September 24, 2021

Factors to consider before choosing a business structure

By cr1pt022

For new businesses that could fall into two or more of these categories, it’s not always easy to decide which structure to choose. You need to consider your startup’s financial needs, risk and ability to grow. It can be difficult to switch your legal structure after you’ve registered your business, so give it careful analysis in the early stages of forming your business.

Here are some important factors to consider as you choose the legal structure for your business. You should also plan to consult with your CPA for his or her advice.

Flexibility
Where is your company headed, and which type of legal structure allows for the growth you envision? Turn to your business plan to review your goals, and see which structure best aligns with those objectives. Your entity should support the possibility for growth and change, not hold it back from its potential.

Complexity
When it comes to startup and operational complexity, nothing is more simple than a sole proprietorship. You simply register your name, start doing business, report the profits, and pay taxes on it as personal income. However, it can be difficult to procure outside funding. Partnerships, on the other hand, require a signed agreement to define the roles and percentages of profits. Corporations and LLCs have various reporting requirements with state governments and the federal government.

Liability
A corporation carries the least amount of personal liability since the law holds that it is its own entity. This means that creditors and customers can sue the corporation, but they cannot gain access to any personal assets of the officers or shareholders. An LLC offers the same protection, but with the tax benefits of a sole proprietorship. Partnerships share the liability between the partners as defined by their partnership agreement.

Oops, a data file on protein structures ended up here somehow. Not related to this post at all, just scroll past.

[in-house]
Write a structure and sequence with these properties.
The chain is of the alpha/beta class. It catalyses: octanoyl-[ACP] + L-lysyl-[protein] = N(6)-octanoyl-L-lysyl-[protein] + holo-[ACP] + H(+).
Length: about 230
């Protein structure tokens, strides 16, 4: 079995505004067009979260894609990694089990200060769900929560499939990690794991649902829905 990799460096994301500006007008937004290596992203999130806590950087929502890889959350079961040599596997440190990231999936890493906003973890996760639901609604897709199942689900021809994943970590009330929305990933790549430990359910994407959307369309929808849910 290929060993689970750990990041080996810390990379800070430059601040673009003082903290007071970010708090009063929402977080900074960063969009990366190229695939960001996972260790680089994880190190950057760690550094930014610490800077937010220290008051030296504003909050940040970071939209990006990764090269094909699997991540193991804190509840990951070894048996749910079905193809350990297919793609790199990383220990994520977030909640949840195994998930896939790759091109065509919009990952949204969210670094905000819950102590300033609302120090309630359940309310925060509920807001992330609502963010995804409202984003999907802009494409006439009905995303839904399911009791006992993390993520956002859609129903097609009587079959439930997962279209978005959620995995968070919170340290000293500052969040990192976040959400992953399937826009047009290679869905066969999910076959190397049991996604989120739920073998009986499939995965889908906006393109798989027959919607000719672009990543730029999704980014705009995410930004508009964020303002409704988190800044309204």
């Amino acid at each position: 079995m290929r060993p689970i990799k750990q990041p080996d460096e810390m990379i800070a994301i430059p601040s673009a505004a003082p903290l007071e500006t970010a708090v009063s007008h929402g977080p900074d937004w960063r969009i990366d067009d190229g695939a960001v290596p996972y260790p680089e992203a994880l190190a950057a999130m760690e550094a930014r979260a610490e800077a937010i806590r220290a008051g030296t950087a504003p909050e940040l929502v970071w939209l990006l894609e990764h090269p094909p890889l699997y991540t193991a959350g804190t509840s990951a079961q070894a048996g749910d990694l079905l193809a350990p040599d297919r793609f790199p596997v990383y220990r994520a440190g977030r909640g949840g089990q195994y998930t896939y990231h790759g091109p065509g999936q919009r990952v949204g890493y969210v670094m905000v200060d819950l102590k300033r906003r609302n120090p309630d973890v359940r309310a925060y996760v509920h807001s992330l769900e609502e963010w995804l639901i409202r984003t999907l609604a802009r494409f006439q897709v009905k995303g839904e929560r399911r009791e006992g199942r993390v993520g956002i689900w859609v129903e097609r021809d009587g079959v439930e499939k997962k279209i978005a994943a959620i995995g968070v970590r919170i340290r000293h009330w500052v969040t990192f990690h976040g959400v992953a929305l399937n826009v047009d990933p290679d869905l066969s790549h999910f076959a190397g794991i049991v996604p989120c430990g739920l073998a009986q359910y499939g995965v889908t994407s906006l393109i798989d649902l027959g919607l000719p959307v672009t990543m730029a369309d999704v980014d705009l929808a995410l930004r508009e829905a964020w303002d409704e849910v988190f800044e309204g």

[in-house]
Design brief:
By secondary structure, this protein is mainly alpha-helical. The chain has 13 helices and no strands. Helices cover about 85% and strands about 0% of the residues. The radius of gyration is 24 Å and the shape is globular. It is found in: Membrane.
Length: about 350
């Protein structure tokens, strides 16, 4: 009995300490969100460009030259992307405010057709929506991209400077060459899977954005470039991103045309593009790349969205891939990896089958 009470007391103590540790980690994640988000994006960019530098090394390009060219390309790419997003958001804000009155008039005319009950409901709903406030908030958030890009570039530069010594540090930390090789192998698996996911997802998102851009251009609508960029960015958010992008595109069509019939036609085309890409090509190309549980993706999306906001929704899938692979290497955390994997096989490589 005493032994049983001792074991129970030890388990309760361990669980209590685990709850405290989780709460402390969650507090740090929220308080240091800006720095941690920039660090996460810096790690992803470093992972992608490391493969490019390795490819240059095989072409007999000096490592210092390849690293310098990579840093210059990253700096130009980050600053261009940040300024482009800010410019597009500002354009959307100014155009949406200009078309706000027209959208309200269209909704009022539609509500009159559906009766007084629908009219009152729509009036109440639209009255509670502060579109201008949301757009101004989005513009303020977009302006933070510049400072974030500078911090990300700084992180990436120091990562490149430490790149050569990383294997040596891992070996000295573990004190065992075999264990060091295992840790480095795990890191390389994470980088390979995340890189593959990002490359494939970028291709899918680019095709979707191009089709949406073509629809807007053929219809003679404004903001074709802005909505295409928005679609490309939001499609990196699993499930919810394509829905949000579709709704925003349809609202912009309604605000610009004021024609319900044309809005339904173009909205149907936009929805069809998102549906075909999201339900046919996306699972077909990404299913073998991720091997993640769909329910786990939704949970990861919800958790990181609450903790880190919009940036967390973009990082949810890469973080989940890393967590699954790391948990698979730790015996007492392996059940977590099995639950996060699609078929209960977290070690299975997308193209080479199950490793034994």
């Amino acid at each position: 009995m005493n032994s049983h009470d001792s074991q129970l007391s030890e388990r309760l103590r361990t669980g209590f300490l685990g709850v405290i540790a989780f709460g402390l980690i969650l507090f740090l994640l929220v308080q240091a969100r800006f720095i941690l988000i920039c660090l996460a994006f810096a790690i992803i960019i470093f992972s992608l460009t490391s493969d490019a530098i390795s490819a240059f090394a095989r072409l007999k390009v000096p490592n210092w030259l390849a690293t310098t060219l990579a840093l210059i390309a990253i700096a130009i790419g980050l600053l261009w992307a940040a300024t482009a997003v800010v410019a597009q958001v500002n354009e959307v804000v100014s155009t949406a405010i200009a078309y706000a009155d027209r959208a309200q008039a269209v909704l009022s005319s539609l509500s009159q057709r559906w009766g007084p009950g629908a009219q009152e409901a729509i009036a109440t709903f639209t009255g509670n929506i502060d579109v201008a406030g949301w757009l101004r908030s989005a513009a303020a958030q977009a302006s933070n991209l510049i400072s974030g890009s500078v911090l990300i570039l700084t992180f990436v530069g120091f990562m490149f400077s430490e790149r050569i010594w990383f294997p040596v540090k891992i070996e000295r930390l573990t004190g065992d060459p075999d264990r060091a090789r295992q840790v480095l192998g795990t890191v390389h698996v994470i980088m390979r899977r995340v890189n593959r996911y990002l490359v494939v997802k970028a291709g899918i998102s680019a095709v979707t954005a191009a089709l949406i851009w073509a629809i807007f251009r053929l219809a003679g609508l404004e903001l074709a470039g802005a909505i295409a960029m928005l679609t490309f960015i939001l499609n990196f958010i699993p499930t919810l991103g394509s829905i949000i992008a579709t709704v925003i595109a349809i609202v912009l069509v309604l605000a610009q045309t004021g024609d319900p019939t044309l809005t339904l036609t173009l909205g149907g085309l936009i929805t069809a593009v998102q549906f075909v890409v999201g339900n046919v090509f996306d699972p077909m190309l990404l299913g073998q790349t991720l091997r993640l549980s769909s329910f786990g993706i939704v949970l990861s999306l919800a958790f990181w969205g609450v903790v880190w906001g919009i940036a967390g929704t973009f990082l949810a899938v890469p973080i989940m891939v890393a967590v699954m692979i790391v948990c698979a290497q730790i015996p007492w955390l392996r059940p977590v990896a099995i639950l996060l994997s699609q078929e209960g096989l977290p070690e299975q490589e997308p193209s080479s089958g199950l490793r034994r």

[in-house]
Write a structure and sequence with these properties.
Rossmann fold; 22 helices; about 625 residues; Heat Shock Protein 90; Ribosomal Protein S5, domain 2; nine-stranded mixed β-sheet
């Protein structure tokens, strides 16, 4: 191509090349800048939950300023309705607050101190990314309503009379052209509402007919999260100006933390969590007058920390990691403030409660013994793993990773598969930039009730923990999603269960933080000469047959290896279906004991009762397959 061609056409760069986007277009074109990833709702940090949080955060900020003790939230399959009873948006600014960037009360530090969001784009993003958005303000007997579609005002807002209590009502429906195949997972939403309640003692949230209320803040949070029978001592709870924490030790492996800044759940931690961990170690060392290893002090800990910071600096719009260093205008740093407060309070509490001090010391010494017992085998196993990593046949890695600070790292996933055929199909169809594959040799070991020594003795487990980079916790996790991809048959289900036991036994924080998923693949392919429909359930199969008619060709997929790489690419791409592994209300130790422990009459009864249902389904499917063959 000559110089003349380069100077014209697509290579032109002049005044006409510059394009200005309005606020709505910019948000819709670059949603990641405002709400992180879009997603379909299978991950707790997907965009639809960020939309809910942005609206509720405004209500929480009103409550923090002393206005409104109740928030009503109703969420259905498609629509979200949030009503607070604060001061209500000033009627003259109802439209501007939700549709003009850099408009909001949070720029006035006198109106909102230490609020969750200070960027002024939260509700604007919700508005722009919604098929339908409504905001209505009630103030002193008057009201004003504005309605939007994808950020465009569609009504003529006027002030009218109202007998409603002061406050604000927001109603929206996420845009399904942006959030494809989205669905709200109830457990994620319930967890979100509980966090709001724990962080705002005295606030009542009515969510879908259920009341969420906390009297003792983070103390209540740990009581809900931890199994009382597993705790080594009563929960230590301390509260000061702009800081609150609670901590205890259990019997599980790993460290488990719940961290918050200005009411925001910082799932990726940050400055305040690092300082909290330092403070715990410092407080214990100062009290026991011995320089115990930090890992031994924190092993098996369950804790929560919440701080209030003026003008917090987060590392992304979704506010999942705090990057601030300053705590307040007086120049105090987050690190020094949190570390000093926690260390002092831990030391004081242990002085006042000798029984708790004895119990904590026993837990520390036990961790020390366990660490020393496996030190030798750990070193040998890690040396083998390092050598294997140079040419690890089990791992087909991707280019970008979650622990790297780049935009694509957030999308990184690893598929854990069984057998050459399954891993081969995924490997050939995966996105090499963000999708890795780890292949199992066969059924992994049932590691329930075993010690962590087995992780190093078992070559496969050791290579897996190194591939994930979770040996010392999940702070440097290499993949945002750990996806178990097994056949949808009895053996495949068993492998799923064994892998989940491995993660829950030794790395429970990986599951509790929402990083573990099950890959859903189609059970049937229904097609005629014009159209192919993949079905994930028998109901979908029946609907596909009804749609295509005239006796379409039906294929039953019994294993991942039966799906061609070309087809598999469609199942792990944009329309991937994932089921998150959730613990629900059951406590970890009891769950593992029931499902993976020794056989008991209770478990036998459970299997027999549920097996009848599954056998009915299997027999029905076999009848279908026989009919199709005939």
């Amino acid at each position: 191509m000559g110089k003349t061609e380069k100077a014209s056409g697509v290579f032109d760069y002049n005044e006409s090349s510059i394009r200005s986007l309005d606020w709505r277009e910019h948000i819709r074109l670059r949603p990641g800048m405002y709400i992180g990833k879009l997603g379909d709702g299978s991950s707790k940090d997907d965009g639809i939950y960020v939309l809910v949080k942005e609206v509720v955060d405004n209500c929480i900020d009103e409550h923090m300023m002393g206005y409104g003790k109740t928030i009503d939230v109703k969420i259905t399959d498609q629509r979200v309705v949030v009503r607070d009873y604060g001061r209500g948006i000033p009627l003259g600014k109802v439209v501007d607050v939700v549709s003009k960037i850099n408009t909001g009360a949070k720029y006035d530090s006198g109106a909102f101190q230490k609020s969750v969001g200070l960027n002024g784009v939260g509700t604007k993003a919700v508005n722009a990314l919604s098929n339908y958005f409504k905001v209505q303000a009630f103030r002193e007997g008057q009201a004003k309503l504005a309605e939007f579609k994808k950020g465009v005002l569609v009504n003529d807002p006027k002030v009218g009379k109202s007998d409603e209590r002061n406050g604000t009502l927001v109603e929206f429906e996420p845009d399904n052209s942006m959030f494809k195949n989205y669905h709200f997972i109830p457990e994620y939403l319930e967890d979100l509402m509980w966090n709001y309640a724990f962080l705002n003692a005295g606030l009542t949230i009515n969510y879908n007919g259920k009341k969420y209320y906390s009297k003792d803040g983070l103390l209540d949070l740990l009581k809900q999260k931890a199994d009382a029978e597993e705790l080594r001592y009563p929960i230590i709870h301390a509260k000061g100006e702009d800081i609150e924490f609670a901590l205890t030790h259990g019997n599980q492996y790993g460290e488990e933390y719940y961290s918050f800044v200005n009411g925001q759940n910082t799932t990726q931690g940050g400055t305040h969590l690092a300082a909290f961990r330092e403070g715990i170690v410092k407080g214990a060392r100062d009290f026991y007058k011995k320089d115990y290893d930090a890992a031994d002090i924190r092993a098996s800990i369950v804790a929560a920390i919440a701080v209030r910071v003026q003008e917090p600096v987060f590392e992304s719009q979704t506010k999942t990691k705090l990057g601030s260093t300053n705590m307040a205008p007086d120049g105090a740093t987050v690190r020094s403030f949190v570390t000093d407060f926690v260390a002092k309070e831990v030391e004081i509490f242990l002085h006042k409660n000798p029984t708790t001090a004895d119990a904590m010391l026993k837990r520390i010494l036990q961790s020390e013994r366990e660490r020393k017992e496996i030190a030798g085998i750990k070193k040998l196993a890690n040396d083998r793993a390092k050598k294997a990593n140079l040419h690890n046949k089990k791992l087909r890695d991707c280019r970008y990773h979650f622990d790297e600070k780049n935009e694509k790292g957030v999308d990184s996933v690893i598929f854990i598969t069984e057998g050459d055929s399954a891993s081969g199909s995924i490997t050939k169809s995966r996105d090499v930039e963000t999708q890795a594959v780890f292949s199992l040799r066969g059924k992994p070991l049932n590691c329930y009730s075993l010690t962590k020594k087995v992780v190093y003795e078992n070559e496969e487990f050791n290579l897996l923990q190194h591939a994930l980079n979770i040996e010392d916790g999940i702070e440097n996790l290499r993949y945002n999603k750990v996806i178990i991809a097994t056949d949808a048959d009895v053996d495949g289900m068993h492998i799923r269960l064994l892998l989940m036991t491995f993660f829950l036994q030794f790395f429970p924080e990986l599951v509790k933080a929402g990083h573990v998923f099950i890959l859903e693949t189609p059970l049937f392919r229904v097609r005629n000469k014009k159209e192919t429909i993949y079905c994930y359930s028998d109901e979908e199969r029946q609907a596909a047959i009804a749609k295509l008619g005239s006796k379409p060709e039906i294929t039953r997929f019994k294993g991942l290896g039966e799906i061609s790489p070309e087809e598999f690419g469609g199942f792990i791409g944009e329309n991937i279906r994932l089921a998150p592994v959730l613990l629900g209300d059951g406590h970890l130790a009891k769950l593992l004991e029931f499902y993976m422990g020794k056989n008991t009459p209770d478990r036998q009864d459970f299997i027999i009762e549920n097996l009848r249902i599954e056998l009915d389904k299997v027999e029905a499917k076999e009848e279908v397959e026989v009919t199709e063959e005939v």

Taxes
An owner of an LLC pays taxes just as a sole proprietor does: All profit is considered personal income and taxed accordingly at the end of the year.

“As a small business owner, you want to avoid double taxation in the early stages,” said Jennifer Friedman, chief marketing expert at Expertly.com. “The LLC structure prevents that and makes sure you’re not taxed as a company but as an individual.”

Individuals in a partnership also claim their share of the profits as personal income. Your accountant may suggest quarterly or biannual advance payments to minimize the end effect on your return.

A corporation files its own tax returns each year, paying taxes on profits after expenses, including payroll. If you pay yourself from the corporation, you will pay personal taxes, such as for Social Security and Medicare, on your personal return.